Acknowledgments

Thanks to Ting Zhai and Shi-Zhen Li in Qingdao University for helpful advice during the conceiving of the review.

Supplementary Material

The Supplementary Material for this article can be found online at: https://www.frontiersin.org/articles/10.3389/fendo.2019.00455/full#supplementary-material

Supplementary Figure 1. Heterogeneity test in network meta-analysis using I2 in pair-wise and network pooled comparison.

Supplementary Figure 2. (A) TSA of metformin and statins. Effect of metformin vs. control on diabetes using a required information size of 3,388 participants in order to detect or reject a 20% RRR with a power of 80%; effect of statins vs. control on diabetes using a required information size of 15,632 participants in order to detect or reject a 20% relative increased risk with a power of 80%. (B) TSA of GI, orlistat and sulphonylureas. Effect of GI vs. control on diabetes using a required information size of 11,993 participants in order to detect or reject a 30% RRR with a power of 80%; effect of orlistat vs. control on diabetes using a required information size of 368 participants in order to detect or reject a 60% RRR with a power of 80%; effect of sulphonylureas vs. control on diabetes using a required information size of 1,003 participants in order to detect or reject a 25% RRR with a power of 80%.

Supplementary Table 1. Database-appropriate terms and the text words.

Supplementary Table 2. Description of lifestyle modification.

Supplementary Table 3. Baseline characteristics of excluded trials.

Abbreviations

ACEI, Angiotensin converting enzyme inhibitors; BMI, Body mass index; CENTRAL, Cochrane Central Register of Controlled Trials; CrI, Credible interval; GI, α-glycosidase inhibitors; GLP-1RAs, Glucagon-like peptide 1 receptor agonists; LSM, Lifestyle modification plus metformin; LST, Lifestyle modification plus thiazolidinedione; RCT, Randomized controlled trials; SUCRA, Surface under the cumulative ranking probabilities; TZD, Thiazolidinedione; TZM, Thiazolidinedione plus metformin.

References

1. Chen L, Magliano DJ, Zimmet PZ. The worldwide epidemiology of type 2 diabetes mellitus–present and future perspectives. Nat Rev Endocrinol. (2011) 8:228–36. doi: 10.1038/nrendo.2011.183

PubMed Abstract | CrossRef Full Text | Google Scholar

2. Menke A, Casagrande S, Geiss L, Cowie CC. Prevalence of and trends in diabetes among adults in the United States, 1988-2012. JAMA. (2015) 314:1021–9. doi: 10.1001/jama.2015.10029

PubMed Abstract | CrossRef Full Text | Google Scholar

3. WHO. Intermediate States of Hyperglycemia (1999). Available online at: https://www.who.int/diabetes/action_online/basics/en/index2.html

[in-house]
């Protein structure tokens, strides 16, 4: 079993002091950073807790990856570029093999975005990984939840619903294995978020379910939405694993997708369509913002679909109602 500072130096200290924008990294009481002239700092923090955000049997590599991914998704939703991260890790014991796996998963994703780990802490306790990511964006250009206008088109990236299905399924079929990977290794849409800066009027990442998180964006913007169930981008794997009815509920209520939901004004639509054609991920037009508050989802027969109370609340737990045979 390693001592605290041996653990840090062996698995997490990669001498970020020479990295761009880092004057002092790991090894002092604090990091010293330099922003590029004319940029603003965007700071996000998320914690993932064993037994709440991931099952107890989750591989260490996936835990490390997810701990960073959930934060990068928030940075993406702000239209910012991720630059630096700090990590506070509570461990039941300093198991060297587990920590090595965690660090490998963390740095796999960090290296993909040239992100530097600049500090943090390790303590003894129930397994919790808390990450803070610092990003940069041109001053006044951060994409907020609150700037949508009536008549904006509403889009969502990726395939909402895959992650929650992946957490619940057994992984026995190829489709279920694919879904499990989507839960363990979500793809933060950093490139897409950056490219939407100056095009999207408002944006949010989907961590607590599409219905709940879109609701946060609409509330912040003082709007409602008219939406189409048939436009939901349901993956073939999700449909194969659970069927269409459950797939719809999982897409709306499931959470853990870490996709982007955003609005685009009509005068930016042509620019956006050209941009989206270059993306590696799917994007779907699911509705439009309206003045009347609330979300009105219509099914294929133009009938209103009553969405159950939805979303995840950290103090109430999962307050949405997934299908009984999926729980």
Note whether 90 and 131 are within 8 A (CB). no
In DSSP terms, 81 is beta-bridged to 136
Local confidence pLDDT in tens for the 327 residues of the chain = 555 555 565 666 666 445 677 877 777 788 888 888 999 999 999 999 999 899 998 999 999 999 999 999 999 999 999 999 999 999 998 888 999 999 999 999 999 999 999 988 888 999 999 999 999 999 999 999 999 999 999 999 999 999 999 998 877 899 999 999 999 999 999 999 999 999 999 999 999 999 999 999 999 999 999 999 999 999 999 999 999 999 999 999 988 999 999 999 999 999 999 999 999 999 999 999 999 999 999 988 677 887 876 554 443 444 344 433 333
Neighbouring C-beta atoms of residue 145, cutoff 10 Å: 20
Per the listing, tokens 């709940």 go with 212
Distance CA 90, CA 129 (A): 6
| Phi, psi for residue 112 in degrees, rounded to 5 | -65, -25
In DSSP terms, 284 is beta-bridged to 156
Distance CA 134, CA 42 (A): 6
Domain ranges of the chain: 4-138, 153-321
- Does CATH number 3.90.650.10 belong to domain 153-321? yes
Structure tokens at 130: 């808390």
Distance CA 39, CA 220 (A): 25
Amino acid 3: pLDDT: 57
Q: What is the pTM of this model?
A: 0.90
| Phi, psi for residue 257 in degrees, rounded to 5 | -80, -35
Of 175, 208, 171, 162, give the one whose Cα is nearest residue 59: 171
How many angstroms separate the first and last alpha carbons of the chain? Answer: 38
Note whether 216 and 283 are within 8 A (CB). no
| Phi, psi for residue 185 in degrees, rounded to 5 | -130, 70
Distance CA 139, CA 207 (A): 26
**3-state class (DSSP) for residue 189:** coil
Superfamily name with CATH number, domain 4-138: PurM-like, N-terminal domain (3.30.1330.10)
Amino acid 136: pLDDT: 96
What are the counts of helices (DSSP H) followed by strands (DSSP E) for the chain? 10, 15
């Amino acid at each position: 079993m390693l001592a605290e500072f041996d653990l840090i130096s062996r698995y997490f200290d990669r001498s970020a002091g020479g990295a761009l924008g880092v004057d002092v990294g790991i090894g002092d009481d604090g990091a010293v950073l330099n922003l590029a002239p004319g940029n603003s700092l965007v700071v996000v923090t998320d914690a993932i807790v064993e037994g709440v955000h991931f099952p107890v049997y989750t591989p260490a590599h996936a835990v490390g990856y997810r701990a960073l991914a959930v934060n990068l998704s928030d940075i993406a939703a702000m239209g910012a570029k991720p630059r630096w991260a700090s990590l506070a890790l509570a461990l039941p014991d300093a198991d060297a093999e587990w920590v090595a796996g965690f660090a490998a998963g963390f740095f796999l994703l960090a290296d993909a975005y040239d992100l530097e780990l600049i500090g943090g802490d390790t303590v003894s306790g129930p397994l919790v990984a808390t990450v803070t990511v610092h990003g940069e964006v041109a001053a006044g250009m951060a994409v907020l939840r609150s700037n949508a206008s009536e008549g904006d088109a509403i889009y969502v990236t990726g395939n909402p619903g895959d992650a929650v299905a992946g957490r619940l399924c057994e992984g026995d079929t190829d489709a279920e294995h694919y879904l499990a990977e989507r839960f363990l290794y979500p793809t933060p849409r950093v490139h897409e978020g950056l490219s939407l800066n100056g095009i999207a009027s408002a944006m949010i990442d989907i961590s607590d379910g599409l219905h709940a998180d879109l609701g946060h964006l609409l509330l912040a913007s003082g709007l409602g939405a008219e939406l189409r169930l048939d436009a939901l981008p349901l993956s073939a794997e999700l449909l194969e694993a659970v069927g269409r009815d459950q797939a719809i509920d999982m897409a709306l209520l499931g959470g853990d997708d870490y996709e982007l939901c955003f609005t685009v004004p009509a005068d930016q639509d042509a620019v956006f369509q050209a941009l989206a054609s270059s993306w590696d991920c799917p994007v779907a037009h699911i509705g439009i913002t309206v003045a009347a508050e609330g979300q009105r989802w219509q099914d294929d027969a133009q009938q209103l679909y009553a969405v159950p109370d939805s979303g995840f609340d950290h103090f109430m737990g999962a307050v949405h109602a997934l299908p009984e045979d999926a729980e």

PubMed Abstract | Google Scholar

4. Classification and Diagnosis of Diabetes (2017). Diabetes Care 40(Suppl 1): S11–24. doi: 10.2337/dc17-S005

CrossRef Full Text | Google Scholar

5. Tabak AG, Herder C, Rathmann W, Brunner EJ, Kivimaki M. Prediabetes: a high-risk state for diabetes development. Lancet. (2012) 379:2279–90. doi: 10.1016/S0140-6736(12)60283-9

PubMed Abstract | CrossRef Full Text | Google Scholar

6. Nathan DM, Davidson MB, Defronzo RA, Heine RJ, Henry RR, Pratley R, et al. Impaired fasting glucose and impaired glucose tolerance. Diabetes Care. (2007) 55:2355–9. doi: 10.2337/dc07-9920

CrossRef Full Text | Google Scholar

7. Shehab E, Emara M, Shoker A. Prediabetes: a must to recognise disease state. Int J Clin Pract. (2010) 62:642–8. doi: 10.1111/j.1742-1241.2008.01705.x

CrossRef Full Text | Google Scholar

8. American Diabetes Association(2017). Standards of Medical Care in Diabetes-2017 Abridged for Primary Care Providers. Clin Diabetes. 35:5–26. doi: 10.2337/cd16-0067

CrossRef Full Text | Google Scholar

9. Tuomilehto J, Lindström J, Eriksson JG, Valle TT, Hämäläinen H, Ilanne-Parikka P, et al. Prevention of type 2 diabetes mellitus by changes in lifestyle among subjects with impaired glucose tolerance. N Engl J Med. (2001) 344:1343–50. doi: 10.1056/NEJM200105033441801

PubMed Abstract | CrossRef Full Text | Google Scholar

10. DeFronzo RA, Tripathy D, Schwenke DC, Banerji M, Bray GA, Buchanan TA, et al. Pioglitazone for diabetes prevention in impaired glucose tolerance. N Engl J Med. (2011) 364:1104–15. doi: 10.1056/NEJMoa1010949

PubMed Abstract | CrossRef Full Text | Google Scholar

11. Haw JS, Galaviz KI, Straus AN, Kowalski AJ, Magee MJ, Weber MB, et al. Long-term Sustainability of Diabetes Prevention Approaches: a systematic review and meta-analysis of randomized clinical trials. JAMA Intern Med. (2017) 177:1808–17. doi: 10.1001/jamainternmed.2017.6040

PubMed Abstract | CrossRef Full Text | Google Scholar

12. Cipriani A, Higgins JP, Geddes JR, Salanti G. Conceptual and technical challenges in network meta-analysis. Ann Intern Med. (2013) 159:130–7. doi: 10.7326/0003-4819-159-2-201307160-00008

PubMed Abstract | CrossRef Full Text | Google Scholar

13. Durbin RJ. Thiazolidinedione therapy in the prevention/delay of type 2 diabetes in patients with impaired glucose tolerance and insulin resistance. Diabetes Obesity Metabol. (2004) 6:280–5. doi: 10.1111/j.1462-8902.2004.0348.x

PubMed Abstract | CrossRef Full Text | Google Scholar

14. Jarrett RJ, Keen H, Fuller JH, McCartney M. Worsening to diabetes in men with impaired glucose tolerance (borderline diabetes). Diabetologia. (1979) 16:25–30. doi: 10.1007/BF00423146

PubMed Abstract | CrossRef Full Text | Google Scholar

15. Davies MJ, Gray LJ, Ahrabian D, Carey M, Farooqi A, Gray A, et al. Programme grants for applied research. In: A Community-Based Primary Prevention Programme for Type 2 Diabetes Mellitus Integrating Identification and Lifestyle Intervention for Prevention: A Cluster Randomised Controlled Trial. Southampton (UK): NIHR Journals Library, (2017) 5:44–4.

Google Scholar

16. Stewart LAF, Tierney J, Clarke M. Cochrane Handbook for Systematic Reviews of Intervention. (2011).